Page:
Specific Clinical and Brain MRI Features in Mentally Retarded Patients with Mutations in the Oligophrenin-1 Gene

ArticleinAmerican Journal of Medical Genetics Part A 124A(4):364-71 · February 2004with11 Reads
DOI: 10.1002/ajmg.a.20422 · Source: PubMed
Oligophrenin-1 (OPHN-1) gene disruption is known as responsible for so called "non-specific" X-linked mental retardation (MR) Billuart et al. [1998: Nature 392:923-926]. In order to search for a possible specific clinical and radiological profile for mutation in the OPHN-1 gene, clinical and 3D brain MRI studies were performed in the two families with a known mutation in OPHN-1 reported so far: a 19-year-old female with an X;12 balanced translocation encompassing OPHN-1, and four affected males of family MRX60 sharing a frameshift mutation in OPHN-1. Clinical data shared by affected individuals were neonatal hypotonia with motor delay but no obvious ataxia, marked strabismus, early onset complex partial seizures, and moderate to severe MR. Brain MRIs performed in three individuals exhibited a specific vermian dysgenesis including an incomplete sulcation of anterior and posterior vermis with the most prominent defect in lobules VI and VII. In addition, a non-specific cerebral cortico-subcortical atrophy was also observed. These clinical and radiological features suggest a distinct clinico-radiological syndrome. These preliminary data need to be confirmed in other families and will be helpful for further targeted mutation screening of the OPHN-1 gene in male patients with similar clinico-radiological features. In addition, OPHN-1 inactivation should be considered as a relevant model of developmental vermis disorganization, leading to a better understanding of the possible role of the cerebellum in MR.
    • "Known developmental syndromes, particularly those involving ID, are frequently identified based upon shared phenotypic characteristics beyond ID, which may reflect the pleiotropic effects of a recurrently mutated gene [31][32][33][34][35]. Moving beyond a mutation in a single gene, we reasoned that if a functional enrichment identified among the copy number variant genes within a given set of patients identifies a common biological pathway perturbed within those patients , then the consequence of perturbing the same pathway may yield a similar set of phenotypes. "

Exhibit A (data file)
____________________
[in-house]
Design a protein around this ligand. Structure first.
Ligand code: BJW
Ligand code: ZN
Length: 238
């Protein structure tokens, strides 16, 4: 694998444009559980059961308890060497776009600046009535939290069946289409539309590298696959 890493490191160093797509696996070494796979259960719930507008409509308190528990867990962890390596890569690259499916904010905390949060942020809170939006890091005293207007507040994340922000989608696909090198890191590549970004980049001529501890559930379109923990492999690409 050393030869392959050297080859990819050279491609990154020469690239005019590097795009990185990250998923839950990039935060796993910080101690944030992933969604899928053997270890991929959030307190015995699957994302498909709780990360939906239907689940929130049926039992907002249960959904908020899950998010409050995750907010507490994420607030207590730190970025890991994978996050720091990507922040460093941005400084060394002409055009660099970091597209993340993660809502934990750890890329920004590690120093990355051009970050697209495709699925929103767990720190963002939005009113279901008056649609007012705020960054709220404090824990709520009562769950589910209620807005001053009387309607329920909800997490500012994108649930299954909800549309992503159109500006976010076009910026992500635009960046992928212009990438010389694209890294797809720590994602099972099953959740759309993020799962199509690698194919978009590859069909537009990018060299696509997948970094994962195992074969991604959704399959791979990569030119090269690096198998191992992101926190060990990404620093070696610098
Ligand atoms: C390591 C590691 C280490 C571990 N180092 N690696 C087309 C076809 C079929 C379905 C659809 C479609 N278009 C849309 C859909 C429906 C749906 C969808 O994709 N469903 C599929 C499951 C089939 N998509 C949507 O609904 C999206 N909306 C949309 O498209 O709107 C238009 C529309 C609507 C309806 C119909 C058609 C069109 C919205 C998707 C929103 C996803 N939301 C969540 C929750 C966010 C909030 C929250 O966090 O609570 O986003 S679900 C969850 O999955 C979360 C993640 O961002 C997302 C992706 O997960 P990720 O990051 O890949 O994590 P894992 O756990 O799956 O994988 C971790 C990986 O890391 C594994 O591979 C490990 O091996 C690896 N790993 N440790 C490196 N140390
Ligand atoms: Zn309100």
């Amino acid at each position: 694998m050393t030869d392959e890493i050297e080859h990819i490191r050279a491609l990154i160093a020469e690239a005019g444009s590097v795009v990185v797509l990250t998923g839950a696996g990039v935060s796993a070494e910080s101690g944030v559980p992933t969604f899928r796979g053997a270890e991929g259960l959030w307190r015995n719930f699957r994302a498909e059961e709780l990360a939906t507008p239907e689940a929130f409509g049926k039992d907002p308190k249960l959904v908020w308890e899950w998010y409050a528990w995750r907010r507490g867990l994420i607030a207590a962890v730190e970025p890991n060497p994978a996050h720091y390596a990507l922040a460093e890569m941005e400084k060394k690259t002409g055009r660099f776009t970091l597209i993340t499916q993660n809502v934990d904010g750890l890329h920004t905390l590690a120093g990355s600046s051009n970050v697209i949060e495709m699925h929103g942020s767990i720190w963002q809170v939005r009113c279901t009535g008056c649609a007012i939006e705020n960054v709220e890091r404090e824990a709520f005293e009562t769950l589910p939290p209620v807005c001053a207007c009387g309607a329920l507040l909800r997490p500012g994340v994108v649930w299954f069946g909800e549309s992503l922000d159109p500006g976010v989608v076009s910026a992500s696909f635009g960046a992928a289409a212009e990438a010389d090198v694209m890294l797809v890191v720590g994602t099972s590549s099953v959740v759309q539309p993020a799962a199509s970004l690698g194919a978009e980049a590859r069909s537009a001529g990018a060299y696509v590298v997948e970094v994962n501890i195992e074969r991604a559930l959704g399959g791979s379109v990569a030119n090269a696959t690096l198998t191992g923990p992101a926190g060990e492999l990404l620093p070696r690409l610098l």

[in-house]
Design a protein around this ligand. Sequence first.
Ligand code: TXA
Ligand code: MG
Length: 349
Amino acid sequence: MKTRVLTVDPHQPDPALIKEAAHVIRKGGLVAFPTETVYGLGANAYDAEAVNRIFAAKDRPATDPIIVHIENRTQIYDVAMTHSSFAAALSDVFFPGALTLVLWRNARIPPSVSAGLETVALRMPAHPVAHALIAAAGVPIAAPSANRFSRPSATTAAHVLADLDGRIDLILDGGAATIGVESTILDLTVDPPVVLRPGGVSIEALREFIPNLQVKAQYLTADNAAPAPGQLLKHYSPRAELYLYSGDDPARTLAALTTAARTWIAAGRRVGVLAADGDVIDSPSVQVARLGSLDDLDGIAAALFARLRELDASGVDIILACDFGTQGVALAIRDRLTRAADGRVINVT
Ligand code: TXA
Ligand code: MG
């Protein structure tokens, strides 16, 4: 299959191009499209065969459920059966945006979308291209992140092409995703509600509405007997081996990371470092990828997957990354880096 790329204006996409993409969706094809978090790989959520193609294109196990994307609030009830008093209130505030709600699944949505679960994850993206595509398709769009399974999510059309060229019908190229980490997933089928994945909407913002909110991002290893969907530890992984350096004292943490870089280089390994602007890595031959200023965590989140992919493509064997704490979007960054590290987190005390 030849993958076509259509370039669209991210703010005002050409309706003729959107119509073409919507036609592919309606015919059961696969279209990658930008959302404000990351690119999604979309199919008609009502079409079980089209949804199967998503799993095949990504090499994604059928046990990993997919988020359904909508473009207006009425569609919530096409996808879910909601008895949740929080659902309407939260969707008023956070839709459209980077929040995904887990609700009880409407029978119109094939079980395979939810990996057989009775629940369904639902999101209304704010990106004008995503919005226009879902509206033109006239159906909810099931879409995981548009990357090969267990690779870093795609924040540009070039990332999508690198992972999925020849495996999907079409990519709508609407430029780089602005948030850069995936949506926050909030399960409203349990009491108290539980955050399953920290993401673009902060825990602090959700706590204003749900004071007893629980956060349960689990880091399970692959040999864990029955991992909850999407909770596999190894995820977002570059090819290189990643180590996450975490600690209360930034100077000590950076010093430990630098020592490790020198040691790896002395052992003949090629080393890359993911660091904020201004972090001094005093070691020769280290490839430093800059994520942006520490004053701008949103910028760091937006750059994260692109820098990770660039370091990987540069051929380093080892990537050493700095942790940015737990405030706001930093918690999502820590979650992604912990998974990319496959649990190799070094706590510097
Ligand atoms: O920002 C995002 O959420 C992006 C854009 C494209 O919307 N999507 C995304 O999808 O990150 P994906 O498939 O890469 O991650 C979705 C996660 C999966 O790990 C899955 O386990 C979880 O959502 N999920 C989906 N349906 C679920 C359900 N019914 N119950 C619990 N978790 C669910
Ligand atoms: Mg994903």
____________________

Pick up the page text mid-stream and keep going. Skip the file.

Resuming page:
[Show abstract] [Hide abstract] ABSTRACT: Readily-accessible and standardised capture of genotypic variation has revolutionised our understanding of the genetic contribution to disease. Unfortunately, the corresponding systematic capture of patient phenotypic variation needed to fully interpret the impact of genetic variation has lagged far behind. Exploiting deep and systematic phenotyping of a cohort of 197 patients presenting with heterogeneous developmental disorders and whose genomes harbour de novo CNVs, we systematically applied a range of commonly-used functional genomics approaches to identify the underlying molecular perturbations and their phenotypic impact. Grouping patients into 408 non-exclusive patient-phenotype groups, we identified a functional association amongst the genes disrupted in 209 (51%) groups. We find evidence for a significant number of molecular interactions amongst the association-contributing genes, including a single highly-interconnected network disrupted in 20% of patients with intellectual disability, and show using microcephaly how these molecular networks can be used as baits to identify additional members whose genes are variant in other patients with the same phenotype. Exploiting the systematic phenotyping of this cohort, we observe phenotypic concordance amongst patients whose variant genes contribute to the same functional association but note that (i) this relationship shows significant variation across the different approaches used to infer a commonly perturbed molecular pathway, and (ii) that the phenotypic similarities detected amongst patients who share the same inferred pathway perturbation result from these patients sharing many distinct phenotypes, rather than sharing a more specific phenotype, inferring that these pathways are best characterized by their pleiotropic effects.